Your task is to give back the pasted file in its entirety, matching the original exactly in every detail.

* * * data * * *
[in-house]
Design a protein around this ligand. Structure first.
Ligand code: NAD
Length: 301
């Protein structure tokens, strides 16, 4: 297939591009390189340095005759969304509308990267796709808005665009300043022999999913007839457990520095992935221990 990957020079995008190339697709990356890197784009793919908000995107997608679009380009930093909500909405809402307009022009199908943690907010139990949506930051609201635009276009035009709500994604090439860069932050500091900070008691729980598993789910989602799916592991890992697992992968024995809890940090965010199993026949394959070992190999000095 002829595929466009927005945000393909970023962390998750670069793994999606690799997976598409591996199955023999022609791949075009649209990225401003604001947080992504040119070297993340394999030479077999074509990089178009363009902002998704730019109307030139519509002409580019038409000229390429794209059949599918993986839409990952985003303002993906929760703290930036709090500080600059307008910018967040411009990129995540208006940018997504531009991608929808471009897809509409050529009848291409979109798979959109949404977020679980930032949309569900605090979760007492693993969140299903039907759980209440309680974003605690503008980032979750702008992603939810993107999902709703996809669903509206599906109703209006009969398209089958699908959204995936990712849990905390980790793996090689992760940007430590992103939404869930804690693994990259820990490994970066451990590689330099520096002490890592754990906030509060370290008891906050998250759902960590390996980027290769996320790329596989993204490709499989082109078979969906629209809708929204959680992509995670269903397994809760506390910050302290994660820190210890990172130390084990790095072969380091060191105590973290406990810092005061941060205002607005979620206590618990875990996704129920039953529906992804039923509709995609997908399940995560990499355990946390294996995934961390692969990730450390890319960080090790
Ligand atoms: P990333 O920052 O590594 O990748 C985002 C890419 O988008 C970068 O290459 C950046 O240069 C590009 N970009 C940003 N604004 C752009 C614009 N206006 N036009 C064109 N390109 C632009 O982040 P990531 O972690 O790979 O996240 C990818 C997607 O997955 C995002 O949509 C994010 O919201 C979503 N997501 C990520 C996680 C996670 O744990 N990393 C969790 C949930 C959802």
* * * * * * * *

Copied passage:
[in-house]
Design a protein around this ligand. Structure first.
Ligand code: NAD
Length: 301
């Protein structure tokens, strides 16, 4: 297939591009390189340095005759969304509308990267796709808005665009300043022999999913007839457990520095992935221990 990957020079995008190339697709990356890197784009793919908000995107997608679009380009930093909500909405809402307009022009199908943690907010139990949506930051609201635009276009035009709500994604090439860069932050500091900070008691729980598993789910989602799916592991890992697992992968024995809890940090965010199993026949394959070992190999000095 002829595929466009927005945000393909970023962390998750670069793994999606690799997976598409591996199955023999022609791949075009649209990225401003604001947080992504040119070297993340394999030479077999074509990089178009363009902002998704730019109307030139519509002409580019038409000229390429794209059949599918993986839409990952985003303002993906929760703290930036709090500080600059307008910018967040411009990129995540208006940018997504531009991608929808471009897809509409050529009848291409979109798979959109949404977020679980930032949309569900605090979760007492693993969140299903039907759980209440309680974003605690503008980032979750702008992603939810993107999902709703996809669903509206599906109703209006009969398209089958699908959204995936990712849990905390980790793996090689992760940007430590992103939404869930804690693994990259820990490994970066451990590689330099520096002490890592754990906030509060370290008891906050998250759902960590390996980027290769996320790329596989993204490709499989082109078979969906629209809708929204959680992509995670269903397994809760506390910050302290994660820190210890990172130390084990790095072969380091060191105590973290406990810092005061941060205002607005979620206590618990875990996704129920039953529906992804039923509709995609997908399940995560990499355990946390294996995934961390692969990730450390890319960080090790
Ligand atoms: P990333 O920052 O590594 O990748 C985002 C890419 O988008 C970068 O290459 C950046 O240069 C590009 N970009 C940003 N604004 C752009 C614009 N206006 N036009 C064109 N390109 C632009 O982040 P990531 O972690 O790979 O996240 C990818 C997607 O997955 C995002 O949509 C994010 O919201 C979503 N997501 C990520 C996680 C996670 O744990 N990393 C969790 C949930 C959802």